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Sunday, August 17 was marked by the Armenian Apostolic Church as the “Grapes Blessing” day. After the Sunday Mass the priest dressed in gold-embroidered robes blessed the table filled with various sorts of of white and red grapes and invited the believers to share the wonderful fruit of the Armenian valleys with the servants of the Church. The official season of grapes started.
The Grapes Blessing day in Armenia usually coincides with the celebration of Virgin Mary’s Assumption, which is marked by the Roman Catholic Church on August 15th, but which is observed by the Armenian Apostolic church on one of the closest Sundays. This year, however, Assumption of Virgin Mary was marked on August 10th, while Grapes Blessing was done on August 17th.
From what a clergyman explained to me yesterday, there is nothing religious at all with the Grapes Blessing day – it is just a remnant from the Medieval tradition, when the peasants had to pay a 10th of their harvest to the Church, and the Church would instead bless them for it.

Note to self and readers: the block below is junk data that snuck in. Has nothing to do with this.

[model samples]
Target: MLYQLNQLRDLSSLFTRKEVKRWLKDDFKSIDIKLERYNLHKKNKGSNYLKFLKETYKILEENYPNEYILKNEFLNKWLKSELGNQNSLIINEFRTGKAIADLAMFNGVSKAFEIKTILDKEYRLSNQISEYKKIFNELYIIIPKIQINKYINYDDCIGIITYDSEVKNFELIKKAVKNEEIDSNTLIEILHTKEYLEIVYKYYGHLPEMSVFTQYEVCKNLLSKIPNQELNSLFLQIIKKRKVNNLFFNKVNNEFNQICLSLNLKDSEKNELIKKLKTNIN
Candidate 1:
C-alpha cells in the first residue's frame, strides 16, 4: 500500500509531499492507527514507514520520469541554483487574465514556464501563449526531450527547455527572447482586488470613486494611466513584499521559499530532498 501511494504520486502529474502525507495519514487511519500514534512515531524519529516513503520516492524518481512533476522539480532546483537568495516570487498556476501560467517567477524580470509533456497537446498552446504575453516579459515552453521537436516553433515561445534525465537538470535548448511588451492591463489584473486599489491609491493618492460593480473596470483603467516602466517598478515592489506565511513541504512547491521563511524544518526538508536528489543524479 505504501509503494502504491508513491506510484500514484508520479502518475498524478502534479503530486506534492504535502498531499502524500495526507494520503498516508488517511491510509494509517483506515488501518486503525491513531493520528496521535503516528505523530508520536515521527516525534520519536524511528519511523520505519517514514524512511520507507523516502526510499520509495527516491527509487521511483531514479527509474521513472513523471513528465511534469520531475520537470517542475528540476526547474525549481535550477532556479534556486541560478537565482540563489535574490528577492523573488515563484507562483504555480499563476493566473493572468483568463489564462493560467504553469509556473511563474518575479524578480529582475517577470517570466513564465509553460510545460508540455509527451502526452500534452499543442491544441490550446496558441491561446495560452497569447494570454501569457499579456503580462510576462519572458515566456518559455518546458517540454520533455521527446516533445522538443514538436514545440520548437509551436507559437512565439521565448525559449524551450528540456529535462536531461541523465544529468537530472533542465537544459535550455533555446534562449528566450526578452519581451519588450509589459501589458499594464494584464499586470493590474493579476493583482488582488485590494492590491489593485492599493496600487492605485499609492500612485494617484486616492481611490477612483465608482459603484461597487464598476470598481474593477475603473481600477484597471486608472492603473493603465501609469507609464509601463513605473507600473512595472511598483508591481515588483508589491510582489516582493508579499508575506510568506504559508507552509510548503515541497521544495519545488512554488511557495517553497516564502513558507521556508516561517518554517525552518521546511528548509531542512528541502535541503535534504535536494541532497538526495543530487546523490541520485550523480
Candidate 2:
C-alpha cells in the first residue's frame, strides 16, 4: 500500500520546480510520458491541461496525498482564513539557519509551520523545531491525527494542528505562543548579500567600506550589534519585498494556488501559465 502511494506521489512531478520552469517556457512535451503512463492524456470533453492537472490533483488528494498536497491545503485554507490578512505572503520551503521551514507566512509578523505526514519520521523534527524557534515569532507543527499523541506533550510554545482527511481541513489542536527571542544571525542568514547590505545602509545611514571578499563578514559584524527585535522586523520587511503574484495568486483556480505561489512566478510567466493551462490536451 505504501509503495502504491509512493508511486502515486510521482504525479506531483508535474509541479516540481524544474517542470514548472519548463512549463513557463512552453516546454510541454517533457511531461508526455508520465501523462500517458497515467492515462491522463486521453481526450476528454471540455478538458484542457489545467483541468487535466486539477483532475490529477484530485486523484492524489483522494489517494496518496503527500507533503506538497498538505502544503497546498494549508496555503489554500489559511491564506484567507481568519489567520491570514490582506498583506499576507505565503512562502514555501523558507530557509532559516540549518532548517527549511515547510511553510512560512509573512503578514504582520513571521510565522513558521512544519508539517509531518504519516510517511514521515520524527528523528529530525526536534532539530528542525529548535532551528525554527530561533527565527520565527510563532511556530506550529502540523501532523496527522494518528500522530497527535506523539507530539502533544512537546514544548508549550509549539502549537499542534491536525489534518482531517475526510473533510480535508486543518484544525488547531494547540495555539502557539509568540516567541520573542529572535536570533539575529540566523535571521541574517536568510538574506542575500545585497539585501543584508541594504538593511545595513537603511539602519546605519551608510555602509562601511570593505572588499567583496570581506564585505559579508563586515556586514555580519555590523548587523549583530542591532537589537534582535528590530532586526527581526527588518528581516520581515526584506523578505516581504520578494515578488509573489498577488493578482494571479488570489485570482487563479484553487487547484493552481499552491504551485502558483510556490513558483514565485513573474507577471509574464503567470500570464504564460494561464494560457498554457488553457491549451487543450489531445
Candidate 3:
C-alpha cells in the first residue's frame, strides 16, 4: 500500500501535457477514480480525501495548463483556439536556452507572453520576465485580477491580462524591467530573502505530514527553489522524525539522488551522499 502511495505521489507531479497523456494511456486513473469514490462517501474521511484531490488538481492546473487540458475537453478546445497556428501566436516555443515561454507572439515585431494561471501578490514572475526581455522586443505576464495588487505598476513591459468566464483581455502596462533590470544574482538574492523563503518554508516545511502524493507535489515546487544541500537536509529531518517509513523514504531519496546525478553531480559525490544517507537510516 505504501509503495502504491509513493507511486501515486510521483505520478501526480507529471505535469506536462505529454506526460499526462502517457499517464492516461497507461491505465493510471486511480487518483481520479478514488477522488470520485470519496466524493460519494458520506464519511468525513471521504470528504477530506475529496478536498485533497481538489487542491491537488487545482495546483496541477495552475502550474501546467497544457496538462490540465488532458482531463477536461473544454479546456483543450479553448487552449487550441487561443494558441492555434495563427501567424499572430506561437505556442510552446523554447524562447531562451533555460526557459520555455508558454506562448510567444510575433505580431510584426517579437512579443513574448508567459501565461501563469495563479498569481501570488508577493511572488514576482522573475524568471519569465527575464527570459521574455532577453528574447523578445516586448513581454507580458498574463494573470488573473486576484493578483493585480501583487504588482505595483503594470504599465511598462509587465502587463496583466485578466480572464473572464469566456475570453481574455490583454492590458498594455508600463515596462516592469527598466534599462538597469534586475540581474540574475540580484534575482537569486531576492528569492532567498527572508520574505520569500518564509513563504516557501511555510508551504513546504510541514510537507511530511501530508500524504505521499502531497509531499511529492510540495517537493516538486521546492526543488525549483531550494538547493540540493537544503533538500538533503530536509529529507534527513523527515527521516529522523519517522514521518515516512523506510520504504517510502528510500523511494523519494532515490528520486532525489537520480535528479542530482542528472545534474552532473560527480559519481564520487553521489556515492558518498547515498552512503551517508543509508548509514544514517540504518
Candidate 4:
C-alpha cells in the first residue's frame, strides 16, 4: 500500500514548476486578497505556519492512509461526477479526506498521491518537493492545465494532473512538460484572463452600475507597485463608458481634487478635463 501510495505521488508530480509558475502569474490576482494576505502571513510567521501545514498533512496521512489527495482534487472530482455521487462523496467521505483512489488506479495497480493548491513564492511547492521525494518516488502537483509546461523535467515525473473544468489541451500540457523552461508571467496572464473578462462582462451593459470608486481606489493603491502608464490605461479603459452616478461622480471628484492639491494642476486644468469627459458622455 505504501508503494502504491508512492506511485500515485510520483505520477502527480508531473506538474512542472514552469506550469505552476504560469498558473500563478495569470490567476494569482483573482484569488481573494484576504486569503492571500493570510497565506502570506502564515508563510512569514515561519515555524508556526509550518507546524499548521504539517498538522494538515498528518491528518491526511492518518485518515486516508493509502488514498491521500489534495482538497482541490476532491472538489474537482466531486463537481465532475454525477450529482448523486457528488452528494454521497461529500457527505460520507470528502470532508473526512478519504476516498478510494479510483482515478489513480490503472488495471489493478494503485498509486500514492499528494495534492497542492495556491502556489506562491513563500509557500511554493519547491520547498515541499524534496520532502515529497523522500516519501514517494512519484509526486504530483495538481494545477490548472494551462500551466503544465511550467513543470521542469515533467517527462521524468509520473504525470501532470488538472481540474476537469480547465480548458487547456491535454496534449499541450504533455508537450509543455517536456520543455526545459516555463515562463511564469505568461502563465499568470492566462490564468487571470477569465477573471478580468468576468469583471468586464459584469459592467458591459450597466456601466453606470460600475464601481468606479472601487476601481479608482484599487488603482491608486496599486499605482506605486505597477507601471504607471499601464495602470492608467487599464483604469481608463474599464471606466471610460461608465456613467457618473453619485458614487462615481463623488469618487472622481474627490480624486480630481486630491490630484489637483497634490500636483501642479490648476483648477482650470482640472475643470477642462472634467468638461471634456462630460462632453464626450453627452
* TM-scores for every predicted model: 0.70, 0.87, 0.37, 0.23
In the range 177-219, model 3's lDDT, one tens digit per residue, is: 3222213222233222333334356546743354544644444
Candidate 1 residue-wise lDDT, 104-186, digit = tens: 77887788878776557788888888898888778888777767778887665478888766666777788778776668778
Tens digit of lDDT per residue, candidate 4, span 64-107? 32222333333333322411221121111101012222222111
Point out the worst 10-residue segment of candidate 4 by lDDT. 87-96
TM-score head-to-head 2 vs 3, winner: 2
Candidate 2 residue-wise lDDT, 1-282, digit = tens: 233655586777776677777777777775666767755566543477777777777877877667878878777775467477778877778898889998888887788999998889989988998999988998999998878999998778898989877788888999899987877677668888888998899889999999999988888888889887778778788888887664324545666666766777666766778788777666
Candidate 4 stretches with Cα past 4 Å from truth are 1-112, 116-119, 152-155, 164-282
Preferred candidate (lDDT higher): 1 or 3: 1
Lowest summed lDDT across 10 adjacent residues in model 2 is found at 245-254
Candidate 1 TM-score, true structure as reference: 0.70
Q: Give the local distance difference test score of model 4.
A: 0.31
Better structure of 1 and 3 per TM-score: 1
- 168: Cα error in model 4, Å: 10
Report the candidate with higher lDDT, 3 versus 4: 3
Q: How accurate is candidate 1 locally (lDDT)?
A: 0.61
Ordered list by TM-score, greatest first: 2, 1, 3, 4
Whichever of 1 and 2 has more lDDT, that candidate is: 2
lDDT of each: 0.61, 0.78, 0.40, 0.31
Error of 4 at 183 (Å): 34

Whatever the logic and history of Grapes Blessing date, I have always liked to go to the Church on this particular day – this is one of the days when the Armenian Church becomes so lively and so close to the real people, away from its traditional cold and sober self-important attitude. And I like the small pull-n-push in the crowd rushing to get their hands on the blessed fruit. And although I usually can’t wait for the Grapes Blessing day before I eat my first grapes of the year (I just like the fruit so much, that I can’t wait), from this day on I feel myself a proper Armenian for eating the grapes ‘with the permission and blessing’ of my very own Armenian Apostolic Church.